Supporters of health reform broke out the champagne when President Obama signed the Affordable Care Act (ACA). The celebration was well justified. That legislative triumph had been many decades in the making. But the battle was—and is—far from over.
First came the litigation. Numerous state officials sued in state and federal courts to challenge the constitutionality of key provisions of the legislation. With one exception, federal courts have allowed these suits to proceed. Whatever lower courts decide, the question of whether Congress can require people to carry health insurance seems virtually certain to hinge on the vote of a closely-and rancorously-divided Supreme Court.
Next came the blue-to-red color shift in American politics. That change threatens or promises (depending on ones point of view) to shift political control of one or both houses of Congress from Democrats to Republicans. The stakes for health policy are sky high, as Republicans have promised to try to repeal many elements of the ACA. Even if Republicans were to win both houses of Congress, however, repeal is highly improbable for at least two years. A repeal bill would surely be vetoed by president Obama. For repeal to occur, two thirds of both houses of Congress would have to vote to override, an extremely remote possibility. Should Republicans win both the White House and both houses of Congress in 2012, repeal in 2013, a full year before the major provisions of the ACA take effect, would become a possibility.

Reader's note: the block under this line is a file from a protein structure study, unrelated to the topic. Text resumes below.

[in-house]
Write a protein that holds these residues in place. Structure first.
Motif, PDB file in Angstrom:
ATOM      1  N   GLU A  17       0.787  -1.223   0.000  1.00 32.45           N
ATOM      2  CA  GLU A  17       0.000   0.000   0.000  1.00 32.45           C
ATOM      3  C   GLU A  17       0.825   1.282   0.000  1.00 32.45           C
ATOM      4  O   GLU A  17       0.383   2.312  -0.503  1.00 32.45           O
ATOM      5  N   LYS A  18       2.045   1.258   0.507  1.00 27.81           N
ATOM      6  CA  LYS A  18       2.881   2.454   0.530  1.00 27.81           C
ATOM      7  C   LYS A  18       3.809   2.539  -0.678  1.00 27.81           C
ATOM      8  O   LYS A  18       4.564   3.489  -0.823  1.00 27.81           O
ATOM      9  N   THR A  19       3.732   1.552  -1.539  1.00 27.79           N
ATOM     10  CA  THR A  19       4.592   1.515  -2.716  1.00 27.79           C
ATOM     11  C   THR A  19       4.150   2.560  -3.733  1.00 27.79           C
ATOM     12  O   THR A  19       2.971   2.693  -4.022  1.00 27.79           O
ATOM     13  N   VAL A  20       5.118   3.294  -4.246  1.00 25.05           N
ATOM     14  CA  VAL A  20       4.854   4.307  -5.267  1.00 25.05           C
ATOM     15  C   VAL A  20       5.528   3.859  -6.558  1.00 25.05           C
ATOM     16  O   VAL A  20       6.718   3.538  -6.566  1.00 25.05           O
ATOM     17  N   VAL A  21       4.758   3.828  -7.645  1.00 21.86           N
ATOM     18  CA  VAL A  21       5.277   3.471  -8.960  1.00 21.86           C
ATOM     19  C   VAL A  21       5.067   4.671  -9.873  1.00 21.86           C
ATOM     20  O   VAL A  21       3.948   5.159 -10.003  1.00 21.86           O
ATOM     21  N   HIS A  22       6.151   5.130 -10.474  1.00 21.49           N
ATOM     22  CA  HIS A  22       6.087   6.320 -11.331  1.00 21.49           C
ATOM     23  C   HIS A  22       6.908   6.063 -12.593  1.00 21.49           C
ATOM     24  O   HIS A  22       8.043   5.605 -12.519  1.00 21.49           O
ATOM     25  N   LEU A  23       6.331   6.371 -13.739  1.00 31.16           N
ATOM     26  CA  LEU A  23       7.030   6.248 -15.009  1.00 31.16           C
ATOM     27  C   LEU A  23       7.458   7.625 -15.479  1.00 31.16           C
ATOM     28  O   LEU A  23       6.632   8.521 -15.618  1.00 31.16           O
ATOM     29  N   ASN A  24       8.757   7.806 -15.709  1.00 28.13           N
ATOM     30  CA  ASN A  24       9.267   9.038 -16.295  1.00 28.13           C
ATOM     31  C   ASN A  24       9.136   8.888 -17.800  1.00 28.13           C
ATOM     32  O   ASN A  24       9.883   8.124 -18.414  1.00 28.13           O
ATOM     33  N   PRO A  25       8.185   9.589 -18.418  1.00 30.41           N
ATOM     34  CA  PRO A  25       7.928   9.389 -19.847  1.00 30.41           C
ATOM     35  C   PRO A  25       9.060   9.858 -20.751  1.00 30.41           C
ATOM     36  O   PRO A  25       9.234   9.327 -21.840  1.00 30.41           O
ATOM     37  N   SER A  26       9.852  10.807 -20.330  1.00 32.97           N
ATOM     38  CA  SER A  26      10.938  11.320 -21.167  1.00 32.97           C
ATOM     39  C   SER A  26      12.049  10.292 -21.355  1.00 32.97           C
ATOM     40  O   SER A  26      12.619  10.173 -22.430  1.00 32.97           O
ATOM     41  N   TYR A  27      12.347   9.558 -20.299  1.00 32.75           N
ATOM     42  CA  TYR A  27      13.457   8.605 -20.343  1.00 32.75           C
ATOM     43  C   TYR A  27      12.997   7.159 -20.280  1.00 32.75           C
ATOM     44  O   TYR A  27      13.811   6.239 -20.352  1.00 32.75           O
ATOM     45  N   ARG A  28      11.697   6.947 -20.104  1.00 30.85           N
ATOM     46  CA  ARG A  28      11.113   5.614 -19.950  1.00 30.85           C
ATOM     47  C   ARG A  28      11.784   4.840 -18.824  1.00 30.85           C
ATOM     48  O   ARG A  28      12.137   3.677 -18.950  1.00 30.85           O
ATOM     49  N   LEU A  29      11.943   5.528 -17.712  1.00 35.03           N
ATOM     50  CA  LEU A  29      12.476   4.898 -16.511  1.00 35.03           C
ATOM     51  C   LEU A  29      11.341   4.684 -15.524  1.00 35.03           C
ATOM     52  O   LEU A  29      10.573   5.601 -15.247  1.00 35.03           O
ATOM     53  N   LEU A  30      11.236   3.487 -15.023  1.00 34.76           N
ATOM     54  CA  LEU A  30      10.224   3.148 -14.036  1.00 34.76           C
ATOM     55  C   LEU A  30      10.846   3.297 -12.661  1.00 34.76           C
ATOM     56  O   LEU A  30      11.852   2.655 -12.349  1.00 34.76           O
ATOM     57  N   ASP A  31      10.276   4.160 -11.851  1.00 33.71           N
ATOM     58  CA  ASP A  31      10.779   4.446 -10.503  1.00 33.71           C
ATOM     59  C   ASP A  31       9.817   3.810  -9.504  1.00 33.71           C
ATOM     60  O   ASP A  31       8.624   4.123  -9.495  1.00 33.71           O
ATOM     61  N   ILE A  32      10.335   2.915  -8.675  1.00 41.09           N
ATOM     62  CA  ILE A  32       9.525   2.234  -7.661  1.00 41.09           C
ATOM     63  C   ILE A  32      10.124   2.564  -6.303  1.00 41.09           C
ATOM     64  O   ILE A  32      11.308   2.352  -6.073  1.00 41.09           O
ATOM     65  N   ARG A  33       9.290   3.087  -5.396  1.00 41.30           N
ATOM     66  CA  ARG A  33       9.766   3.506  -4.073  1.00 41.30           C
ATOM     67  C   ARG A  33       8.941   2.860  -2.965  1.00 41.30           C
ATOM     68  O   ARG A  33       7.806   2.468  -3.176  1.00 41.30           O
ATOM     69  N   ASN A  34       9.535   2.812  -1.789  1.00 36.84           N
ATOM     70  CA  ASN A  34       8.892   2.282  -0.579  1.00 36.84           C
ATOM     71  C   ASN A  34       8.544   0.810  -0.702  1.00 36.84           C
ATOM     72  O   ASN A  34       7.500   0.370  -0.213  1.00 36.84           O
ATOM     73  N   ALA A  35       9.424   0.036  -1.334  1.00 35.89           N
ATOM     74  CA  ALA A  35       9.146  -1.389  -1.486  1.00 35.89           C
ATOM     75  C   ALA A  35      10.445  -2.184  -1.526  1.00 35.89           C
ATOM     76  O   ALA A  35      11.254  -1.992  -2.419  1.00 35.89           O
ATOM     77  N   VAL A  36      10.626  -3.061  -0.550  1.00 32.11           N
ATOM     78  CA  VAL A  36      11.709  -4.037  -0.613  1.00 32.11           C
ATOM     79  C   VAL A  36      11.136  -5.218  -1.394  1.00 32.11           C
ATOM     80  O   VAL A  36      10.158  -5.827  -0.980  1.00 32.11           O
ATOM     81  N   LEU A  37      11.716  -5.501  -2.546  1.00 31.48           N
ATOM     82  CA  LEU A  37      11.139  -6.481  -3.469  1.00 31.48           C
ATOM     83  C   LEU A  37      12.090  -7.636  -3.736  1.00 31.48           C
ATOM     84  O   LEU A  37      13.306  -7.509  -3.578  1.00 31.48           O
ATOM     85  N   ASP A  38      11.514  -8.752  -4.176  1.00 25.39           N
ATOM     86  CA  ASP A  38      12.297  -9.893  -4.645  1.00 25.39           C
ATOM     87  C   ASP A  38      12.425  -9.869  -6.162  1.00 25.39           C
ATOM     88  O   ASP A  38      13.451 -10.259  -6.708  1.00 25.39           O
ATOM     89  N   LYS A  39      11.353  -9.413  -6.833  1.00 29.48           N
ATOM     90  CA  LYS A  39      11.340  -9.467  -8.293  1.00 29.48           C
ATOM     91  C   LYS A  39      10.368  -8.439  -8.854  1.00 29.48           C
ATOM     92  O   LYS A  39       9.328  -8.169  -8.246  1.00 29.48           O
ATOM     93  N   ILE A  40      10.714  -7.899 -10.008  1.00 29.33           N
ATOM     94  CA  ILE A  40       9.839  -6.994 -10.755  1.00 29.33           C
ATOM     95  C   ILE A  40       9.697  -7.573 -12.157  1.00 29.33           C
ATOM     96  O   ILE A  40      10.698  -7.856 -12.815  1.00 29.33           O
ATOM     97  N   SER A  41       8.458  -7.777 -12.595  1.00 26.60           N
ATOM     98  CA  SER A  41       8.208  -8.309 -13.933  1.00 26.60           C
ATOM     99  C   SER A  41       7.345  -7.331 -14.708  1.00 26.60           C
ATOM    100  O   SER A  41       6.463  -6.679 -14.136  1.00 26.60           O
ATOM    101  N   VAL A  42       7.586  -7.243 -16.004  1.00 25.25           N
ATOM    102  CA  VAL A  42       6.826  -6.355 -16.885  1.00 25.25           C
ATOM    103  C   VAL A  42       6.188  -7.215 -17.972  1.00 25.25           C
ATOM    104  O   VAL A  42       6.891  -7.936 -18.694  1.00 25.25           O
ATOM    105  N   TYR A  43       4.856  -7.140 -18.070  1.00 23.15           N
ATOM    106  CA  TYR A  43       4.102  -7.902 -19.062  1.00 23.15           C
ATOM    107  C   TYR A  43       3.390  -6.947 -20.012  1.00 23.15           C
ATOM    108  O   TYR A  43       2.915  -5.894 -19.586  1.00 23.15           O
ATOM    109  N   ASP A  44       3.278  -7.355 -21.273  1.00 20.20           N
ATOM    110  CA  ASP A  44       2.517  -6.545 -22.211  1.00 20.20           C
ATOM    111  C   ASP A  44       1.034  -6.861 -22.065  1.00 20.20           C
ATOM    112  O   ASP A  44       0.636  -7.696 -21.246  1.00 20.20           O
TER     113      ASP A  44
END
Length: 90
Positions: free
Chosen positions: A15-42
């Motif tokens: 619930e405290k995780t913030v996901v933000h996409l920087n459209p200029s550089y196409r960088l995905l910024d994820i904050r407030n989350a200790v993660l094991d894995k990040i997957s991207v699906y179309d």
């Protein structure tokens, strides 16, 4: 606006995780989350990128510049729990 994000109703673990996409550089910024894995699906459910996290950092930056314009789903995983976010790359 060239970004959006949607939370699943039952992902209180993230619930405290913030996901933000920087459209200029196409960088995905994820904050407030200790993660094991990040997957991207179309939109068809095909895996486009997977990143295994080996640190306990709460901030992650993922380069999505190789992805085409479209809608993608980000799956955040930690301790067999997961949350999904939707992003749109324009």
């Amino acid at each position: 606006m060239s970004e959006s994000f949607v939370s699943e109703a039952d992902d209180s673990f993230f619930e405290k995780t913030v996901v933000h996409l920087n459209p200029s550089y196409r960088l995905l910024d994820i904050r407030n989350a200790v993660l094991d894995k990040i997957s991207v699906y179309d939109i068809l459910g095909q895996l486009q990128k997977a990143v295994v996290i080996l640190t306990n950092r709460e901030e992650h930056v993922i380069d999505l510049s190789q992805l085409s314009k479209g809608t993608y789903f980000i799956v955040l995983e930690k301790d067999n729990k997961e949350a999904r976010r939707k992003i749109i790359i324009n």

But there is a more immediate threat to the ACA, as I explain in a recent Perspective article in the New England Journal of Medicine. Republican opponents have promised, if repeal efforts fail, to try to cut off funding for implementation of the ACA. Successful implementation requires sizeable appropriations to enable executive agencies, principally the Internal Revenue Service and the Department of Health and Human Services, to design the administrative systems, buy the computers, and hire the staff needed to enforce mandates, provide subsidies that will make mandates affordable and acceptable, launch the board to oversee Medicare, and implement the scores of other provisions in the ACA. Without such appropriations, those provisions may be impossible to implement or will be administered clumsily and ineffectively.
It is for this reason, that the stakes in the 2010 Congressional elections for health care policy are higher than any in U.S. history. Even some people who fought the ACA now say that a responsible government should try to make it work. Doing so would not preclude efforts to win sufficient majorities to overturn provisions of which they disapprove. Supporters of the ACA would be sorely disappointed should electoral majorities vote to undo this legislation. But they could not complain that outright repeal contravened the democratic principles. But they and all Americans should be disturbed if members of Congress try to make the government operate ineffectually in order to block a duly enacted law.